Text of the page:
Dried Peas
Leave the pods on the plants until they turn brown at the end of the season. Pull up the plants and hang in an airy place like a well ventilated greenhouse. When the pods are dry and crispy remove the peas and store in airtight jars.
Mangetout - Flat podded types.
Pick when the outline of the pea is just visible through the skin and the pods snap cleanly in half. They remain at their best for a relatively short time so keep an eye on your plants.
Mangetout - Sugar Snap types.
Pick when green, plump and easily snapped in half. You can shell them if required but the pods of these peas can be eaten. Steam the whole lot very lightly, delicious!

Digging In Pea Roots
Pea plants take nitrogen from the air to grow and store it in their roots. As nitrogen is one of the essential building blocks of any healthy plant it makes sense to keep the nitrogen in the soil. You can see the little nitrogen storing nodules as the white balls on the roots in the photo opposite. When the peas have finished producing at the end of the season cut them down to soil level. Dig in the roots to release the nitrogen in the root nodules for the use of next years vegetables.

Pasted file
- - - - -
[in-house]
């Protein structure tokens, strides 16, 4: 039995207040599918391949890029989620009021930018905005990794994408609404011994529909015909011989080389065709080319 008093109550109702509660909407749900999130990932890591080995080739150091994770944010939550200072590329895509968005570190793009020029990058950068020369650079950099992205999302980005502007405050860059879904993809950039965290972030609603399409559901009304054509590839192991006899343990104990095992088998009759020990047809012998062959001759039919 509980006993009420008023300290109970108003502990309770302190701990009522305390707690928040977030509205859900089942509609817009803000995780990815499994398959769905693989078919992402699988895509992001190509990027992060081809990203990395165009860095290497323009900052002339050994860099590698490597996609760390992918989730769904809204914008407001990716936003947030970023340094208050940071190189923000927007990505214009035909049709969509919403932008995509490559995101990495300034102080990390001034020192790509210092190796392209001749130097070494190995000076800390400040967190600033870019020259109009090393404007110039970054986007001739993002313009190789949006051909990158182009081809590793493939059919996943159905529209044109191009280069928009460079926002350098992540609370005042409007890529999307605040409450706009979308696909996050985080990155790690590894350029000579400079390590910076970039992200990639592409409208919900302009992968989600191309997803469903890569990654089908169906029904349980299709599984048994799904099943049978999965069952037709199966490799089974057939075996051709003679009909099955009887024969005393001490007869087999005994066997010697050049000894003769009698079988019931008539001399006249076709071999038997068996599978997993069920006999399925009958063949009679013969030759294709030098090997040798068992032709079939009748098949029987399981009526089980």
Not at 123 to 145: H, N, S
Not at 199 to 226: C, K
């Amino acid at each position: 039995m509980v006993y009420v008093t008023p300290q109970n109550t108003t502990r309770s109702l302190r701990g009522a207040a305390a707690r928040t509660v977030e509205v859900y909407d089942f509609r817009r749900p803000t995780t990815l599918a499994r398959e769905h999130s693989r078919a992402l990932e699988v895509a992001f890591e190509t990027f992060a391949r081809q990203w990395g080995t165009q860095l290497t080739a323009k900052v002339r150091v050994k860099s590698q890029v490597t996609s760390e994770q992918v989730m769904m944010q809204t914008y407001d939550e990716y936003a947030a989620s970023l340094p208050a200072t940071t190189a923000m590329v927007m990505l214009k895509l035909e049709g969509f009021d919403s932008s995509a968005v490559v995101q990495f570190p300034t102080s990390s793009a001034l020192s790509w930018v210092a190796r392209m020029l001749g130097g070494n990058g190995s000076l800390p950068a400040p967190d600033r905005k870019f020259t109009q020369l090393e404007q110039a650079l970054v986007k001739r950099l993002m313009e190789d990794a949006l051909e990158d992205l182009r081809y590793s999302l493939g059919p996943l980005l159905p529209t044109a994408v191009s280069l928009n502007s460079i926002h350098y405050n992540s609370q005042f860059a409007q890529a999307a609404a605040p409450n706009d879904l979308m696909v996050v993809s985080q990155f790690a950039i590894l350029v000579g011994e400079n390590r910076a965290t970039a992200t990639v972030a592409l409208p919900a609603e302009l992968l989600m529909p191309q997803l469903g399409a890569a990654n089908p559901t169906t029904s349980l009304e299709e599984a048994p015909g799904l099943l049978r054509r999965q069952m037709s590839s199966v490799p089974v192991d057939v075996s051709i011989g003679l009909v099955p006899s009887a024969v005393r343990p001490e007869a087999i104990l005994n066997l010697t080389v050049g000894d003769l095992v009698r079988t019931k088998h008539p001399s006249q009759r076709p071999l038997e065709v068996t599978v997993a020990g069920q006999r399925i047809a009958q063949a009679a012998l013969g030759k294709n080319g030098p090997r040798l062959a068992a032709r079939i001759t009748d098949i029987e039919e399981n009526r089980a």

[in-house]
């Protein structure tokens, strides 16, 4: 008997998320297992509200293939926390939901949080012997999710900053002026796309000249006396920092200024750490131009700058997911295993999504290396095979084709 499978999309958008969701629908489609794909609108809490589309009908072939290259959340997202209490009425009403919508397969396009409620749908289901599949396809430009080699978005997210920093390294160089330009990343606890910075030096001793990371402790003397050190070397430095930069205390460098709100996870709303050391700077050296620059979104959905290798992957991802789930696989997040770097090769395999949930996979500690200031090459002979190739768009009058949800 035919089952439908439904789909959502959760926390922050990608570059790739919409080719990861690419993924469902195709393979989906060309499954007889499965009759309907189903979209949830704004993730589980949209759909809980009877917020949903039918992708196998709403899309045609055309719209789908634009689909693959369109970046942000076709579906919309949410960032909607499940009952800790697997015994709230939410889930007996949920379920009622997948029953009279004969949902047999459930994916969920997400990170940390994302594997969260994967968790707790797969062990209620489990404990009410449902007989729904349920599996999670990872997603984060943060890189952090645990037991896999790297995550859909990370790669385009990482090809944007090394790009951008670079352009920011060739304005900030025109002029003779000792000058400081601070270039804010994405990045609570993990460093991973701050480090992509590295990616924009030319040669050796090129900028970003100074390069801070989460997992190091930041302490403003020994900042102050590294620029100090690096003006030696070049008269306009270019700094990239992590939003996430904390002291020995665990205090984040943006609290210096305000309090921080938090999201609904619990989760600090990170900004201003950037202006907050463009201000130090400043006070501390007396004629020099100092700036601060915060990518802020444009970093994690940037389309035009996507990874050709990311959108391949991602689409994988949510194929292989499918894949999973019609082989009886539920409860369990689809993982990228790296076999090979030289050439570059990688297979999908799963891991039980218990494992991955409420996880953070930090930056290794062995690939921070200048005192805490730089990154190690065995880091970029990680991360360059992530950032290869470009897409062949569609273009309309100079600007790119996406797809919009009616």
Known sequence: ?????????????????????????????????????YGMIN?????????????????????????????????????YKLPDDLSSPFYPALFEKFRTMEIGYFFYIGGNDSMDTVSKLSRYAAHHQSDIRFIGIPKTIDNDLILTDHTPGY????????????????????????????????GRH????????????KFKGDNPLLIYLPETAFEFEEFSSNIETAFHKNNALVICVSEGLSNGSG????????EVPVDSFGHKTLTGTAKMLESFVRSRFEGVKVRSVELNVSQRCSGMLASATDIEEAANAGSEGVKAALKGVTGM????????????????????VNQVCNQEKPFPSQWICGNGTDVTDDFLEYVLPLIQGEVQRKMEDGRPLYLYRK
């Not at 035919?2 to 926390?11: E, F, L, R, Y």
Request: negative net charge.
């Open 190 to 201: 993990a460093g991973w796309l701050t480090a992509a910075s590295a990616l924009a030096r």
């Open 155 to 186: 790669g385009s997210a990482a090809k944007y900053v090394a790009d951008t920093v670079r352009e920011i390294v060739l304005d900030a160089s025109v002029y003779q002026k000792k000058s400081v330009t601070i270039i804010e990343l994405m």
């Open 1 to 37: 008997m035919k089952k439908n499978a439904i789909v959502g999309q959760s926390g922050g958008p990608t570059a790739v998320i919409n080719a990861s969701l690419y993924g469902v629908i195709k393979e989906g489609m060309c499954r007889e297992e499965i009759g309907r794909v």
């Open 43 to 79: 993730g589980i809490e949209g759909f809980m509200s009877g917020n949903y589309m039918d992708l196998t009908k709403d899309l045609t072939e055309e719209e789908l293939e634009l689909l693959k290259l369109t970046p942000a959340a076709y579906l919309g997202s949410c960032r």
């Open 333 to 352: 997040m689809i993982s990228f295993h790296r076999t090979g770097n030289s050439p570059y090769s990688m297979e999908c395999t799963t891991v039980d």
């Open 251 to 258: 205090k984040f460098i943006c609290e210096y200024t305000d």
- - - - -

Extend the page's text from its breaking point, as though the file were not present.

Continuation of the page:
Peas don’t have much of a shelf life, so I don’t recommend storing them in their pods or shelled for very long. Store pods in a plastic bag in the crisper drawer of the refrigerator and use them within a couple of days. Once they’re shelled, the best way to store peas is to freeze them. First blanch them for a minute or two in boiling salted water and then shock them in an ice-water bath until cool, to help maintain their bright color. Drain and freeze them in zip-top bags. They will keep for five to six months.

Freshly picked peas are one of the delights of the Summer, in my garden most rarely make it to the kitchen and with visitors snacking on the juicy green peas as they pass. Peas are relatively easy to grow, just make sure you put the work in beforehand by building a stout support frame.